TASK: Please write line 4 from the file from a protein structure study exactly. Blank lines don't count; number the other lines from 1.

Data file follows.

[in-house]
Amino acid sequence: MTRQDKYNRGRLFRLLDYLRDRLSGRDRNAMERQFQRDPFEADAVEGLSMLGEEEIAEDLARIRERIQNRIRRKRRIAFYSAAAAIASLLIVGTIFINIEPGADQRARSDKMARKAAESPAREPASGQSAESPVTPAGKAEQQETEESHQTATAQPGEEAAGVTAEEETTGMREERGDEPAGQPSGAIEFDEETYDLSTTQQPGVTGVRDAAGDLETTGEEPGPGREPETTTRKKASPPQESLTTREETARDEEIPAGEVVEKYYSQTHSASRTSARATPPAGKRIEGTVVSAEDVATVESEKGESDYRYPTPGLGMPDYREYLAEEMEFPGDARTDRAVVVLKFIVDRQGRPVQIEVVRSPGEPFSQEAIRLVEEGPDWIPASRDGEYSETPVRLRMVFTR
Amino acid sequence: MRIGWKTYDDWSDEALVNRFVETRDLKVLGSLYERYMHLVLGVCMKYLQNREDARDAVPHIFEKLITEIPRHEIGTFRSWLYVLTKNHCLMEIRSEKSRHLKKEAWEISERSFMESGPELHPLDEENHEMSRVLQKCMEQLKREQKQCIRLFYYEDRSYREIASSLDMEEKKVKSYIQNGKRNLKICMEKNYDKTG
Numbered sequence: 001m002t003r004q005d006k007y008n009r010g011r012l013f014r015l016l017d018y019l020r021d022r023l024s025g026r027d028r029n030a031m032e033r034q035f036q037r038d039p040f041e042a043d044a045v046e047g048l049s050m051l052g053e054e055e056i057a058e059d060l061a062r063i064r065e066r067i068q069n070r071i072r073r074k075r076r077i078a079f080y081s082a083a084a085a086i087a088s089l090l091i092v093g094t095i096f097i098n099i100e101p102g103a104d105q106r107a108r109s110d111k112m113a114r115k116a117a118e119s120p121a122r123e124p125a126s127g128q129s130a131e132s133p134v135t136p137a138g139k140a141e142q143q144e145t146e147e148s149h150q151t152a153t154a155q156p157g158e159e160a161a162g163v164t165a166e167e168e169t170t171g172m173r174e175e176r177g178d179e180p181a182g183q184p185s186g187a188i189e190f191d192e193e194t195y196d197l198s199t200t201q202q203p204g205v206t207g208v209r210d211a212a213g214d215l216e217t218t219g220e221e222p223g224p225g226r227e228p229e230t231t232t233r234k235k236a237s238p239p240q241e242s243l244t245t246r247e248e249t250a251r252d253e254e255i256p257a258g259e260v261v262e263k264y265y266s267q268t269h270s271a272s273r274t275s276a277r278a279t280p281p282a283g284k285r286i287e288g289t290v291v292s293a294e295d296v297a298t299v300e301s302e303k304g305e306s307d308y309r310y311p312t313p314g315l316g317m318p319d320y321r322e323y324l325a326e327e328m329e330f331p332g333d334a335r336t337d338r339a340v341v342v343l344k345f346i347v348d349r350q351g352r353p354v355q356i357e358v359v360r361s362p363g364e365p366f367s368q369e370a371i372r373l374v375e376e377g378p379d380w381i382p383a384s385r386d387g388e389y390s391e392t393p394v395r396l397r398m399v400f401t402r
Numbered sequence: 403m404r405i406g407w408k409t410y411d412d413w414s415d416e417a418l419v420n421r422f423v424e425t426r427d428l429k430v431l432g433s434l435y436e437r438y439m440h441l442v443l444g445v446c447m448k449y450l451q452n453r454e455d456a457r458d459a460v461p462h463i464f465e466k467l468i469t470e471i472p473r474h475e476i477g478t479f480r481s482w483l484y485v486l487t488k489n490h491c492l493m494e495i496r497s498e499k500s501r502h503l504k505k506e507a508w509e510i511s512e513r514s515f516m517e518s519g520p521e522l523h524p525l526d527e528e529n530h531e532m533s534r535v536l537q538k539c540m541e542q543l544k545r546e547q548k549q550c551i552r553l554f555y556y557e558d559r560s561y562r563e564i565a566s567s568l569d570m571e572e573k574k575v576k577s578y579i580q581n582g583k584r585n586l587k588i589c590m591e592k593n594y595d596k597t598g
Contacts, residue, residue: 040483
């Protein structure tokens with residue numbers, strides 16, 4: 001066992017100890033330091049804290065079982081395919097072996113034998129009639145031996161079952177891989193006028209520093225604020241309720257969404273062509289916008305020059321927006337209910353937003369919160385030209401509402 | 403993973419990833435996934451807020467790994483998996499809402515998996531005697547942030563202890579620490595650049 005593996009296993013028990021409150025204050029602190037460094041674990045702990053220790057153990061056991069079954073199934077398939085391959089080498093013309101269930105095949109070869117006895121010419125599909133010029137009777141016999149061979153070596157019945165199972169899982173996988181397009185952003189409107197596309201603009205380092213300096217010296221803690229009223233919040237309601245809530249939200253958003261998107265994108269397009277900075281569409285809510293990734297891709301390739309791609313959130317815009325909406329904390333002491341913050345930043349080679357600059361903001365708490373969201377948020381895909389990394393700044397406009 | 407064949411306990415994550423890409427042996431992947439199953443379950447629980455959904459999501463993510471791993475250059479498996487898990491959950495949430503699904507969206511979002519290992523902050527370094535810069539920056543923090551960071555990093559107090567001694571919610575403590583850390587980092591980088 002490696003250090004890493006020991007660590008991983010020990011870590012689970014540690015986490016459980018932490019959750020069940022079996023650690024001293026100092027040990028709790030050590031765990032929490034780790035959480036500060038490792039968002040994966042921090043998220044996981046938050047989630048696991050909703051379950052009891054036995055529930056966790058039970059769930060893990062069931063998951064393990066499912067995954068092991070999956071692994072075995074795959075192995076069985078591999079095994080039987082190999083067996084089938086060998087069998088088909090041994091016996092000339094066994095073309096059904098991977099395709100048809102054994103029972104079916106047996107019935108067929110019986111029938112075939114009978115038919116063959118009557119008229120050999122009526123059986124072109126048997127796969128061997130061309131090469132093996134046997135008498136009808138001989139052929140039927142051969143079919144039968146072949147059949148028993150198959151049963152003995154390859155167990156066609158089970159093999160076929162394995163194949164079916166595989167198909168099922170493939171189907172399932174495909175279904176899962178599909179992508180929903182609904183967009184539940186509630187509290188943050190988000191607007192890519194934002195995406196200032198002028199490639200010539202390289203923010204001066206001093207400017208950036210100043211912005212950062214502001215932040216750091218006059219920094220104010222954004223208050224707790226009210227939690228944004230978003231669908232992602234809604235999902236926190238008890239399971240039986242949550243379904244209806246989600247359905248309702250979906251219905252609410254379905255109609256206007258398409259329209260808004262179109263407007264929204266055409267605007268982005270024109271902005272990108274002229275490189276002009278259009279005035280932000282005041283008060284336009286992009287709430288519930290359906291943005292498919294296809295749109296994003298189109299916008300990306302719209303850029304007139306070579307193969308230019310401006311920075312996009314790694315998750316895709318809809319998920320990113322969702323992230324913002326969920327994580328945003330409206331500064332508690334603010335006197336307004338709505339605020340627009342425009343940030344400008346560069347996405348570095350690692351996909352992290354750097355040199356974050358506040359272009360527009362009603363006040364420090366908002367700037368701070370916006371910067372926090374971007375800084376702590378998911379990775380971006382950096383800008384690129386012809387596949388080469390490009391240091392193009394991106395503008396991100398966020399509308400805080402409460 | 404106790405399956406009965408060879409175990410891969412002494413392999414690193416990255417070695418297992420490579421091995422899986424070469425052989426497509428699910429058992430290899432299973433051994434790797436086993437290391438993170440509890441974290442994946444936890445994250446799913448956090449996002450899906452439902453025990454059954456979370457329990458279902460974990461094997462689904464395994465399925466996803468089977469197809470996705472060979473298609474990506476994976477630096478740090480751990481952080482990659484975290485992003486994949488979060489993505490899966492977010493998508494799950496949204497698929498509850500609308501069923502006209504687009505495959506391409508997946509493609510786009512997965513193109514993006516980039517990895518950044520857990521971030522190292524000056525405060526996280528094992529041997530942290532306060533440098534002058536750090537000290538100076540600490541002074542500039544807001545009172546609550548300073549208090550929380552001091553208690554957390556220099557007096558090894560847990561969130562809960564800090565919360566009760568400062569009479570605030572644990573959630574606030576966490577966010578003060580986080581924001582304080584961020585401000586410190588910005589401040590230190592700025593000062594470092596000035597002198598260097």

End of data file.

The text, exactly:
Numbered sequence: 001m002t003r004q005d006k007y008n009r010g011r012l013f014r015l016l017d018y019l020r021d022r023l024s025g026r027d028r029n030a031m032e033r034q035f036q037r038d039p040f041e042a043d044a045v046e047g048l049s050m051l052g053e054e055e056i057a058e059d060l061a062r063i064r065e066r067i068q069n070r071i072r073r074k075r076r077i078a079f080y081s082a083a084a085a086i087a088s089l090l091i092v093g094t095i096f097i098n099i100e101p102g103a104d105q106r107a108r109s110d111k112m113a114r115k116a117a118e119s120p121a122r123e124p125a126s127g128q129s130a131e132s133p134v135t136p137a138g139k140a141e142q143q144e145t146e147e148s149h150q151t152a153t154a155q156p157g158e159e160a161a162g163v164t165a166e167e168e169t170t171g172m173r174e175e176r177g178d179e180p181a182g183q184p185s186g187a188i189e190f191d192e193e194t195y196d197l198s199t200t201q202q203p204g205v206t207g208v209r210d211a212a213g214d215l216e217t218t219g220e221e222p223g224p225g226r227e228p229e230t231t232t233r234k235k236a237s238p239p240q241e242s243l244t245t246r247e248e249t250a251r252d253e254e255i256p257a258g259e260v261v262e263k264y265y266s267q268t269h270s271a272s273r274t275s276a277r278a279t280p281p282a283g284k285r286i287e288g289t290v291v292s293a294e295d296v297a298t299v300e301s302e303k304g305e306s307d308y309r310y311p312t313p314g315l316g317m318p319d320y321r322e323y324l325a326e327e328m329e330f331p332g333d334a335r336t337d338r339a340v341v342v343l344k345f346i347v348d349r350q351g352r353p354v355q356i357e358v359v360r361s362p363g364e365p366f367s368q369e370a371i372r373l374v375e376e377g378p379d380w381i382p383a384s385r386d387g388e389y390s391e392t393p394v395r396l397r398m399v400f401t402r